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Lantern Festival experience in Kunming 2005

February 24, 2005

The Lantern Festival, marking the end of the Chinese New Year celebrations, falls on the 15th day of the 1st lunar month, usually in February or March in the Gregorian calendar (February 23 this year). As early as the Western Han Dynasty, it had become a festival with great significance.

There are many different beliefs about the origin of the Lantern Festival. But one thing for sure is that it had something to do with religious worship.

Today, the displaying of lanterns remains a big event on this carnival-like festival. Traditionally, flower markets, restaurants, homes and parks are filled with colorful lanterns in traditional designs (various shapes and sizes), attracting countless visitors. Extremely excited children hold lanterns to stroll with on the streets for fun. Popularly referred to as Chinese Valentine's Day somewhere in China, singles gather to play matchmaking games with the lanterns, to determine who will be their lover.

"Guessing lantern riddles" is an essential part of the Festival. Riddles are written on a piece of paper and posted on the lanterns. If visitors crack the riddles, they will get a small gift. As riddle guessing is interesting and full of wisdom, it has become popular among all social strata. When I was a little boy, I enjoyed riddle-guessing immensely and I was quick to find right answers to riddles of Chinese characters. I once solved a tough riddle of " a lonely woman in a rainy spring" for a Chinese character, and the right answer is the Chinese character of "one"- what is left from that of "spring" with both the "sun" and "husband" absent!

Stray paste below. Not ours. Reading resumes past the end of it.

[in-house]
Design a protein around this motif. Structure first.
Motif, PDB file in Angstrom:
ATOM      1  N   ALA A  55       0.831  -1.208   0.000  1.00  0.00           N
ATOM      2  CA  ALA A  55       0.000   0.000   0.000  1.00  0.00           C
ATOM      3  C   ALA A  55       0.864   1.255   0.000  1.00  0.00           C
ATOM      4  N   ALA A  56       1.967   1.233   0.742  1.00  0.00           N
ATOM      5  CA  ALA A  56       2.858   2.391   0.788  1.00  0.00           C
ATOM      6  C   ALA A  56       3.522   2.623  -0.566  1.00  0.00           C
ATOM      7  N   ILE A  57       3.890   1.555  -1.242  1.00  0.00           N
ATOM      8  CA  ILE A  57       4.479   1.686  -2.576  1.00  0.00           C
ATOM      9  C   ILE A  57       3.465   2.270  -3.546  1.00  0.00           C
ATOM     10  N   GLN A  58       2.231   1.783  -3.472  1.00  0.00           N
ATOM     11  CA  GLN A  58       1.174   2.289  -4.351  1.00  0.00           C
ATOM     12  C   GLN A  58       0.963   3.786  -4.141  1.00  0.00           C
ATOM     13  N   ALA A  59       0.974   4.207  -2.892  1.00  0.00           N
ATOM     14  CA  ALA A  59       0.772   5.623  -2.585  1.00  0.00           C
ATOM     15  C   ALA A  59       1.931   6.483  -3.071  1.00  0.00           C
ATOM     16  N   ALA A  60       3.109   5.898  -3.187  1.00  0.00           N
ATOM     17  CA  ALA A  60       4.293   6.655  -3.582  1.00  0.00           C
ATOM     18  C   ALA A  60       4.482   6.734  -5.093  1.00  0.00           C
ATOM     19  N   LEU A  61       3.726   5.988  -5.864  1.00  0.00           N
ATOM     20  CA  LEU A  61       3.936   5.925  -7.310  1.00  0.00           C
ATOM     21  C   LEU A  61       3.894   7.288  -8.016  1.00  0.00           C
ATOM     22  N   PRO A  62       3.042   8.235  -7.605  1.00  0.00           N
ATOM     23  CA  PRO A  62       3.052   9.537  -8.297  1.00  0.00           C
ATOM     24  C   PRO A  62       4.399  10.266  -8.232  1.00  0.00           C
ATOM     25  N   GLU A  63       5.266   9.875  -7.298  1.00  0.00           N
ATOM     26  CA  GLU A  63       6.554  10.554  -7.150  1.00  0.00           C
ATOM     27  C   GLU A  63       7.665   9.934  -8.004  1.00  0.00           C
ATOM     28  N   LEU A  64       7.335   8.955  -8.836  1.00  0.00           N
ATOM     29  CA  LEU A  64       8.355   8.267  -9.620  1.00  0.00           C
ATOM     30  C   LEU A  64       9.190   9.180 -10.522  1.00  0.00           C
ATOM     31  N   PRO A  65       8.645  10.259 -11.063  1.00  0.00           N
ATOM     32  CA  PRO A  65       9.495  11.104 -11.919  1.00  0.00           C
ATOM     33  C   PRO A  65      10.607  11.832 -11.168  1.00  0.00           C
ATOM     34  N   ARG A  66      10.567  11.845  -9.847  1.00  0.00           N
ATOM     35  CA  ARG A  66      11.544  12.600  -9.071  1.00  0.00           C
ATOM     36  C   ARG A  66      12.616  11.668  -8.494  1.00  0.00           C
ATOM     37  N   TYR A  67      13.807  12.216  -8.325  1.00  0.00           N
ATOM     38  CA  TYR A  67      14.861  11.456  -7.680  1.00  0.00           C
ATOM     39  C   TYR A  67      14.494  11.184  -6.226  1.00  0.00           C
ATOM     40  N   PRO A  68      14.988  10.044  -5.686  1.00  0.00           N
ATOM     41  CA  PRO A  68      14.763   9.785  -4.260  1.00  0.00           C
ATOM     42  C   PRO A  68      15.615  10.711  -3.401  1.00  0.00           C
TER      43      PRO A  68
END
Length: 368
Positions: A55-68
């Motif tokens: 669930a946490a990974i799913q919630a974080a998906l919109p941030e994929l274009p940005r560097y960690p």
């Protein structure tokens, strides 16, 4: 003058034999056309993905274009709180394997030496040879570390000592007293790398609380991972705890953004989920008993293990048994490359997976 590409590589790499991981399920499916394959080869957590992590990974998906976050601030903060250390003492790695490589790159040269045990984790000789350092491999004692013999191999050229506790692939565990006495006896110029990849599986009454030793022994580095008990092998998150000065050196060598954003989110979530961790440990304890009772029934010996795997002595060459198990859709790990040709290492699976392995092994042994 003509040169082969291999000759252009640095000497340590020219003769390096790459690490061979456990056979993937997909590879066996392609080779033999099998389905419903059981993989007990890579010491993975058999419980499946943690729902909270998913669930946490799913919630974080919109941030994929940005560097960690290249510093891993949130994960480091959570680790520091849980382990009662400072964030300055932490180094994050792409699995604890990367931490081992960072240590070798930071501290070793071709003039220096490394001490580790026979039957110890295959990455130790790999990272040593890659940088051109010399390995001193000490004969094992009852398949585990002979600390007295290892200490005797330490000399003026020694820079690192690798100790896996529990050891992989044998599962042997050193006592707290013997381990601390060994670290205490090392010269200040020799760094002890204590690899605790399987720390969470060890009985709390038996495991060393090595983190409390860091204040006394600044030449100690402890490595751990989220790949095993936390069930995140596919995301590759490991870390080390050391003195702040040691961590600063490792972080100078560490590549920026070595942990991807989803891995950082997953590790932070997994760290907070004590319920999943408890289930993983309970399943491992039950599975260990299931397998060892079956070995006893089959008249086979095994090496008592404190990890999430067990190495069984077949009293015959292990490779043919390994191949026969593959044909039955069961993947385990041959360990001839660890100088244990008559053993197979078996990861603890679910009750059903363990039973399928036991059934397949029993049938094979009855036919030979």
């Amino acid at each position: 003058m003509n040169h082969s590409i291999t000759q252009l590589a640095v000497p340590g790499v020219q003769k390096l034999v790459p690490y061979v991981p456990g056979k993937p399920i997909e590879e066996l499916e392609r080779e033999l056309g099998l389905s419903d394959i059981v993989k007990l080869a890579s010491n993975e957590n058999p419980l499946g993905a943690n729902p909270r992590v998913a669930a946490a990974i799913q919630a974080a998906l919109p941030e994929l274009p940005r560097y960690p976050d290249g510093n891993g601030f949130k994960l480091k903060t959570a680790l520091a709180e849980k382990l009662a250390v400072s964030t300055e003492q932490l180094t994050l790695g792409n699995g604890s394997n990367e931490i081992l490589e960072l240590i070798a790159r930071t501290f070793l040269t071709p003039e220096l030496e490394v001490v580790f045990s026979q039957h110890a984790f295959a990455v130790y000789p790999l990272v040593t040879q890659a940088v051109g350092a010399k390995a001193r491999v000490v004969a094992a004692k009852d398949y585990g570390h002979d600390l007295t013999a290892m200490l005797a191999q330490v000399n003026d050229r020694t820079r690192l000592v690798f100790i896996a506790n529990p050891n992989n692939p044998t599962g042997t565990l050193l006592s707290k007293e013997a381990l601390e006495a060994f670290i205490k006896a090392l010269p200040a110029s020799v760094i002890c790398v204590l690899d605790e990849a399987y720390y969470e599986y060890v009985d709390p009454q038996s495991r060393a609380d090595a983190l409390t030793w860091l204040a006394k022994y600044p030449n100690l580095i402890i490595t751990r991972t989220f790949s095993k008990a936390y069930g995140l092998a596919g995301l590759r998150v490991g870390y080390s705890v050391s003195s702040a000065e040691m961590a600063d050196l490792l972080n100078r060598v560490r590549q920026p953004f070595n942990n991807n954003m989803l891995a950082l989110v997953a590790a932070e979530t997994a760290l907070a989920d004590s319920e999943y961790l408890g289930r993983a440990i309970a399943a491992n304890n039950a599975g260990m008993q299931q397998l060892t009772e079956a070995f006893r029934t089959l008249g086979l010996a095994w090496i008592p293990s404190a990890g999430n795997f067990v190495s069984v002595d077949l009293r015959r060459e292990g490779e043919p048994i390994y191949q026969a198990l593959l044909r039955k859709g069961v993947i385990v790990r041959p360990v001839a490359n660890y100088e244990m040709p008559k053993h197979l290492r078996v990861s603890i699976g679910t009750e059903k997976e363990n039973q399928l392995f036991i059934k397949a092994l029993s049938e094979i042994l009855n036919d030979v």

Eating the rice dumplings (called "yuanxiao" or "tangyuan") is another tradition on the day. That is why the festival is also known as the "Yuanxiao Festival." The small dumpling balls are made of glutinous rice flour with rose petals, sesame, bean paste, jujube paste, walnut meat, dried fruit, sugar and edible oil as filling - boiled, fried or steamed. A recent TV commercial even promotes iced "tangyuan"! "Tangyuan" in Chinese has a similar pronunciation with "tuanyuan", meaning reunion. So people eat them to denote union, harmony and happiness for the family.

For a colorful night, in addition to magnificent lanterns, fireworks form a beautiful scene. Most families spare some fireworks from the Spring Festival and let them off in the Lantern Festival for the "last craze".

Fortunately we "previewed" a full and shining one in the sky the day before yesterday. Though a full moon was missing yesterday due to a gloomy weather, the magic lights on the Oriental TV Tower plus imposing fireworks got us intoxicated!

From: MSN Live

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